Schroeder notes a difference in construction between "Yom Echad", "one day", and the subsequent "Yom Sheni", "Yom Shlishi" – "second day", "third day" etc. The Torah does not talk of "Yom Rishon" – "the first day", but of one day, then the second day, then the third day. Time is looked at from the outset forwards – not in retrospect from a later time, when there would have been the first day, then the second, then the third.
Scientists also see an important distinction between looking at time from the outset forwards and from a later date backwards. This is because, since Einstein, we know that time is different for different people – it is relative. For example, a holiday at the Dead Sea really can make you younger. General Relativity asserts that the stronger gravitational pull at this, the lowest spot on earth, causes time to pass more slowly. You could return home a tenth of a second younger than you would have been if you had never travelled.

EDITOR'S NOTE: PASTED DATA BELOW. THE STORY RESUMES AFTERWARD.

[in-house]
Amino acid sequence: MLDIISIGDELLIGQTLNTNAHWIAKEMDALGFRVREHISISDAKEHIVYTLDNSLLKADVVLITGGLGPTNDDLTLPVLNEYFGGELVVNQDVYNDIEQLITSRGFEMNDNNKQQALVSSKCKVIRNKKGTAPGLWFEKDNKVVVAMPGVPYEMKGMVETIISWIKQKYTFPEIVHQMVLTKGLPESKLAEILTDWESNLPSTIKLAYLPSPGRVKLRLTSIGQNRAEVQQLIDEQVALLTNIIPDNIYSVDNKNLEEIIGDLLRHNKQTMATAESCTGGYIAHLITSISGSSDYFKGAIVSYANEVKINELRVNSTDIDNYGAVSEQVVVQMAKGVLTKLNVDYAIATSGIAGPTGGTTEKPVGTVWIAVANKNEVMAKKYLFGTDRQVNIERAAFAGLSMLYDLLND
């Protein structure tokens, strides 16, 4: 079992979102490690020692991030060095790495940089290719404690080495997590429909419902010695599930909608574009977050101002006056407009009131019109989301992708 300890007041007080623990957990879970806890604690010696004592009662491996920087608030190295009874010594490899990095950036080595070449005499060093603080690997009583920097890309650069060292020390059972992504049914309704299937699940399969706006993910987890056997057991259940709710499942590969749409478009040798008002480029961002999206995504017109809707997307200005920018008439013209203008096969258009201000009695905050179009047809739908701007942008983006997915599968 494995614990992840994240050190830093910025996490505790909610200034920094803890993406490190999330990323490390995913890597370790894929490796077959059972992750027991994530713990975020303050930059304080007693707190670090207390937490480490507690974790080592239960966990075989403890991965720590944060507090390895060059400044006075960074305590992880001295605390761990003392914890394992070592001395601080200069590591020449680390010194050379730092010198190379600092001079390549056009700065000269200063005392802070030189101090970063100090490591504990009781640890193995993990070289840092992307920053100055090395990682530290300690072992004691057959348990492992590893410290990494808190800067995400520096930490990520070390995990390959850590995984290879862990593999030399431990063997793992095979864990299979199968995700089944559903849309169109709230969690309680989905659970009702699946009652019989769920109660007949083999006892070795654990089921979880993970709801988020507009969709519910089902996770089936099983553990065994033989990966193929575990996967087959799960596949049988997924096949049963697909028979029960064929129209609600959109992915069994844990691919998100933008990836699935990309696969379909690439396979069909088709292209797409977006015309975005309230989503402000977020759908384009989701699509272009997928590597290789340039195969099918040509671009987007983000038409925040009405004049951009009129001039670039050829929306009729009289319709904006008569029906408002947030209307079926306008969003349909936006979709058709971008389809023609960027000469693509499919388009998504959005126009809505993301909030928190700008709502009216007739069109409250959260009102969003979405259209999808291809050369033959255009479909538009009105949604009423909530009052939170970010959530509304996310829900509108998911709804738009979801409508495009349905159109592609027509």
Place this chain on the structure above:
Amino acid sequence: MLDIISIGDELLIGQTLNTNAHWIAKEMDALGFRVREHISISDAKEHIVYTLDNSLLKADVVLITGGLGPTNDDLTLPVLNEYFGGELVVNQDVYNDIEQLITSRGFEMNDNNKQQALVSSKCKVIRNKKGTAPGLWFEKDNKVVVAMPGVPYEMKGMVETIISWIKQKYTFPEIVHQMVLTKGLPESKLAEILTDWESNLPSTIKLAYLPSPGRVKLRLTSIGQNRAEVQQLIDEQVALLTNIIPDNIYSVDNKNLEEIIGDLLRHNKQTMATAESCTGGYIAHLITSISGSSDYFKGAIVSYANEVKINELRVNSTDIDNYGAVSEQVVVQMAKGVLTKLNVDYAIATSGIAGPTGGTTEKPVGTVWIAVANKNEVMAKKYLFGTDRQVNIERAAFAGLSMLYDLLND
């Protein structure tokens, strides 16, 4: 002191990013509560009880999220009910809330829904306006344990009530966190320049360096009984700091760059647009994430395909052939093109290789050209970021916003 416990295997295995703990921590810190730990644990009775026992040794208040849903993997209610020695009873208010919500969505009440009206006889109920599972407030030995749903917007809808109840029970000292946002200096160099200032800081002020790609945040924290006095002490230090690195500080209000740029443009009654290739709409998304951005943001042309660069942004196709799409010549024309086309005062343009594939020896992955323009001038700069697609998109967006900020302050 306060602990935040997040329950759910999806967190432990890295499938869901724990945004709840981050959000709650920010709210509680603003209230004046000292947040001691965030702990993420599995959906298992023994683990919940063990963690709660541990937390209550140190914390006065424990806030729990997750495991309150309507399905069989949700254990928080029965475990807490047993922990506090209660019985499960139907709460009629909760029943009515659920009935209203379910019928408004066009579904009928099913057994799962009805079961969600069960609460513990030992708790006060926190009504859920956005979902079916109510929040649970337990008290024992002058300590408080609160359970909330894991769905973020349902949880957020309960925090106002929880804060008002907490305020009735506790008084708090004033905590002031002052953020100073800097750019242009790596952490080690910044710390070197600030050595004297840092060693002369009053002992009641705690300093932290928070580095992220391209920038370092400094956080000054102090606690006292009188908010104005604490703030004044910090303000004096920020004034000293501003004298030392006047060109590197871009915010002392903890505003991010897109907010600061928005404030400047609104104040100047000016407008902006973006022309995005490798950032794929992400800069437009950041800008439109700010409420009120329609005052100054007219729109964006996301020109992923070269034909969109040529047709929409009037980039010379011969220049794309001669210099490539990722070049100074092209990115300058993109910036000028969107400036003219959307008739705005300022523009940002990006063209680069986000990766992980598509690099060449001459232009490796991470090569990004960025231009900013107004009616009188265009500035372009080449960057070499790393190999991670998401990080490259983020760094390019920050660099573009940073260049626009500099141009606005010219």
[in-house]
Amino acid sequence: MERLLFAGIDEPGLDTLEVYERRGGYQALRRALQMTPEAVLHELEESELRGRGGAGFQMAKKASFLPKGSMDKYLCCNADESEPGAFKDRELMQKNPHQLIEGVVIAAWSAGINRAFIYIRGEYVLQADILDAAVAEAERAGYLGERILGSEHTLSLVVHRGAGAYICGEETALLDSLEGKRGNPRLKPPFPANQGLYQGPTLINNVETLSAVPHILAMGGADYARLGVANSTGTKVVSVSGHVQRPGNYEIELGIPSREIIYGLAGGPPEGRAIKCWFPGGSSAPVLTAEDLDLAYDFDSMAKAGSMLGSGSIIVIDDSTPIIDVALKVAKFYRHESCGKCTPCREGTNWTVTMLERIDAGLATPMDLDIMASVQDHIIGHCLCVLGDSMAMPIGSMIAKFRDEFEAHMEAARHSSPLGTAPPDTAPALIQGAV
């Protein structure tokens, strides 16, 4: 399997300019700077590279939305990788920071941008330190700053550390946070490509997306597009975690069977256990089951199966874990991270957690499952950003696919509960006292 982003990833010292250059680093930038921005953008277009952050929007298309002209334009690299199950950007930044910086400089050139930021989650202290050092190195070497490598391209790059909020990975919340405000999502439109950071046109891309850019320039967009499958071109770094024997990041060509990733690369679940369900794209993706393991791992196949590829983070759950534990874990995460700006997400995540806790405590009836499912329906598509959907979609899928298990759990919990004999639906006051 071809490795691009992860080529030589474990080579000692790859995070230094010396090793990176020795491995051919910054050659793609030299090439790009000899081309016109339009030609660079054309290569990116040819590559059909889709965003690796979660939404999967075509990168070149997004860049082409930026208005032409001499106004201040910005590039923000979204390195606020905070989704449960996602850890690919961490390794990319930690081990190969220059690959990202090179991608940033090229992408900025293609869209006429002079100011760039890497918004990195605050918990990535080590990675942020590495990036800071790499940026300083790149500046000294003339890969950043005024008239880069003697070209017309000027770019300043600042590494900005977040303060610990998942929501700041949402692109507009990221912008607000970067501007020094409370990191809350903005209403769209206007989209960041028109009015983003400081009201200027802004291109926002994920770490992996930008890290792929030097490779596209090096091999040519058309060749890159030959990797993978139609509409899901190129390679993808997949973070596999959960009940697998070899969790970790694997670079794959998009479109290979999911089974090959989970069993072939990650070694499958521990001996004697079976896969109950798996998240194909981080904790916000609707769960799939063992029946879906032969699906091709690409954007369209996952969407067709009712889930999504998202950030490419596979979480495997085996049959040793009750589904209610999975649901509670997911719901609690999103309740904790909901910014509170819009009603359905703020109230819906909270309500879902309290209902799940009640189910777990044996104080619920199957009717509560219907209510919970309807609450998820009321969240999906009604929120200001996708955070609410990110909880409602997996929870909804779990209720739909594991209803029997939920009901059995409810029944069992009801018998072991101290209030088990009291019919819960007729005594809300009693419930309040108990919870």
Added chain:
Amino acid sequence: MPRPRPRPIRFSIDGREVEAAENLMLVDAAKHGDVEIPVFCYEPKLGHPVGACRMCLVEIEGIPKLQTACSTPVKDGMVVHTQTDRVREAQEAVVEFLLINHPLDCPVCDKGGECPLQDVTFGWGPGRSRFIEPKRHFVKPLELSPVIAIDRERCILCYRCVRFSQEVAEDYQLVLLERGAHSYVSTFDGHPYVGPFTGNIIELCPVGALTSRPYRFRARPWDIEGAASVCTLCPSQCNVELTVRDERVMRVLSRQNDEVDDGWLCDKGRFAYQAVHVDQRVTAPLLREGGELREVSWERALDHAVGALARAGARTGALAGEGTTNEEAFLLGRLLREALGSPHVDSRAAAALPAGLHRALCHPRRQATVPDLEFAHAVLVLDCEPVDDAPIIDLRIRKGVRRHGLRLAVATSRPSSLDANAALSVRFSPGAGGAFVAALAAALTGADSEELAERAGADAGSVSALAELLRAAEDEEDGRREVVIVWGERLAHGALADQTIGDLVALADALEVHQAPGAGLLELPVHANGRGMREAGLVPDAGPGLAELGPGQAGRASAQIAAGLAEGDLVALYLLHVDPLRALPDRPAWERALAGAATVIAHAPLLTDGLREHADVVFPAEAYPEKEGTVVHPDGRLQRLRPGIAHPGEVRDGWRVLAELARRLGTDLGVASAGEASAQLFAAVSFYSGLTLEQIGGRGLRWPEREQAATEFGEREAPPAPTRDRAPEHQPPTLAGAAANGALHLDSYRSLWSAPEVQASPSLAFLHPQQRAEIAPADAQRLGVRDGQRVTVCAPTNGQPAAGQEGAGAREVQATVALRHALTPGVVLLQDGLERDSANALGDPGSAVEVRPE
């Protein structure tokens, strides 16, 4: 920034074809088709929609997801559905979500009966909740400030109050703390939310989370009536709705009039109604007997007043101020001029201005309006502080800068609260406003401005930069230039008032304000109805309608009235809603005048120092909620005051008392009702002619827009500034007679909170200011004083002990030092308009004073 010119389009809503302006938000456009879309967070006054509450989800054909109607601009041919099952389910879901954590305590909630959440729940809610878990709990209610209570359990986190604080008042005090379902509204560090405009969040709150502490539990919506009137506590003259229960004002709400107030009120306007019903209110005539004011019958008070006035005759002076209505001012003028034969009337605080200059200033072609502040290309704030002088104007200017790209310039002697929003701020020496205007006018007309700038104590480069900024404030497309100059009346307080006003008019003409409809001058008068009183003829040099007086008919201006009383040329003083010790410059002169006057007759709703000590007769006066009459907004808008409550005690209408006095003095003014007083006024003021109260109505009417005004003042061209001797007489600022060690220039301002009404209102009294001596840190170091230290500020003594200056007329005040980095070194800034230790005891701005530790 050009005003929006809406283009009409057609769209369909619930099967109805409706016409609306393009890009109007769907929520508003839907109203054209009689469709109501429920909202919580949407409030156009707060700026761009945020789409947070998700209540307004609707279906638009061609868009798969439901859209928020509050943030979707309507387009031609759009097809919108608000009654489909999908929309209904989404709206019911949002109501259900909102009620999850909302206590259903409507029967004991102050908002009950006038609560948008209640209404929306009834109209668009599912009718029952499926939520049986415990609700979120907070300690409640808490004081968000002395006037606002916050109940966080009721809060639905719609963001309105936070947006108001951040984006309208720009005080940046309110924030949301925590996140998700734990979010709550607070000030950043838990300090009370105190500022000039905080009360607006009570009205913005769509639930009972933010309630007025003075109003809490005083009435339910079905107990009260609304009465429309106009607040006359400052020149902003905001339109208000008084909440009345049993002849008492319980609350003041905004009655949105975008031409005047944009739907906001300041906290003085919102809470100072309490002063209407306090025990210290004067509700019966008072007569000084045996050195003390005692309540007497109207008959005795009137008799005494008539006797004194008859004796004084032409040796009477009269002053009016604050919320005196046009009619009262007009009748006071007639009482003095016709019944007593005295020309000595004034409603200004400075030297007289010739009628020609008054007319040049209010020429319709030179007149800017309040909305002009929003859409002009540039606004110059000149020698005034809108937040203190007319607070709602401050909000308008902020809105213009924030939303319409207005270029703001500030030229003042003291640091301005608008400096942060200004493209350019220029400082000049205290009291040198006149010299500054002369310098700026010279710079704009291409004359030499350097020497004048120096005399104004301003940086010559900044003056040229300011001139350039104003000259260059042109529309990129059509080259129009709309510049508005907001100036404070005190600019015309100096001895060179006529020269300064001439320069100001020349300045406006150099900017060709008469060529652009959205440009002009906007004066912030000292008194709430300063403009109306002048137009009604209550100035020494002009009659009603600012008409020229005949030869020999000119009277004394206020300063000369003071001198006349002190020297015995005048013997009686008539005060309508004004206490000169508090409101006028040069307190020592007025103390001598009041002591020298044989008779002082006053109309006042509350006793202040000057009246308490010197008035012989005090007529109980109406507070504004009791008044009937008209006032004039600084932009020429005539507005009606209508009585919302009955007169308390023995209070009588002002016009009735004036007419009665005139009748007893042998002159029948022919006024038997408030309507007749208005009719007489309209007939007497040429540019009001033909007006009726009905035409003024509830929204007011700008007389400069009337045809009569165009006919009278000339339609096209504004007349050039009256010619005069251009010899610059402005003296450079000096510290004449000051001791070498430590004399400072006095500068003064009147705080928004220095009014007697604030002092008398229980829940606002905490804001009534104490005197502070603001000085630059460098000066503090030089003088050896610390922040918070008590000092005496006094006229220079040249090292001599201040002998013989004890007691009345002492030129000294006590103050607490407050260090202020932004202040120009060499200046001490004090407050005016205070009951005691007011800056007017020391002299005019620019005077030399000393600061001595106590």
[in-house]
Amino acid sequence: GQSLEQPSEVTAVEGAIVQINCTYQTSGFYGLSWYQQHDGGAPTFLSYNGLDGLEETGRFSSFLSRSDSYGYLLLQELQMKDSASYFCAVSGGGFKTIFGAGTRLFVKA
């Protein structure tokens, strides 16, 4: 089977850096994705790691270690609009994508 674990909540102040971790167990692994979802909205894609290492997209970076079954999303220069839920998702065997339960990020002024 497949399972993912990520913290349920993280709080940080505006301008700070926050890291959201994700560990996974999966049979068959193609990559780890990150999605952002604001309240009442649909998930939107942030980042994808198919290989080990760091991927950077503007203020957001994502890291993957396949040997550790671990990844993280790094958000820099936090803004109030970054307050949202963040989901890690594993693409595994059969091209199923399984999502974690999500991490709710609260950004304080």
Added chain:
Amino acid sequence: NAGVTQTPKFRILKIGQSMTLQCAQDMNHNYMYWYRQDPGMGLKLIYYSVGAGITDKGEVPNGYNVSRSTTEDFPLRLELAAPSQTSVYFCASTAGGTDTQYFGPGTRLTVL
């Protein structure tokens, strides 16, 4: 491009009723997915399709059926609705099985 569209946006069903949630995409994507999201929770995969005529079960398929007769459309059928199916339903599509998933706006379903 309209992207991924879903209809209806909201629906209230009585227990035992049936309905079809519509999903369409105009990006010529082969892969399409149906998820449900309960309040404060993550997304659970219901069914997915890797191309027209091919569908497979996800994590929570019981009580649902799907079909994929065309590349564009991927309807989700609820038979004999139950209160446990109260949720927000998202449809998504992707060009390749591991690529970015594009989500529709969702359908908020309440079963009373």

Perhaps it's not worth the effort for such a meagre rejuvenation effect. But if you were at a place or a time where relativistic effects were REALLY strong – like on the spot at the Big Bang, the time-stretching effect would be more impressive. It all depends on where and when you start your clock.
Schroeder quotes Nachmanides, writing in the 13th century, "Misheyesh, yitfos bo zman" – "from the moment that matter formed from substance-less substance, time grabs hold." The Biblical clock starts when matter first condenses out of energy. Nachmanides also pointed out the difference between Yom Echad – Day 1 – and "a first day". He pointed out that Day 1 is absolute, not comparative, and learned from it that time was created on Day 1. And Einstein taught the same thing in the Laws of Relativity – that time was a creation in the same way as was matter and space.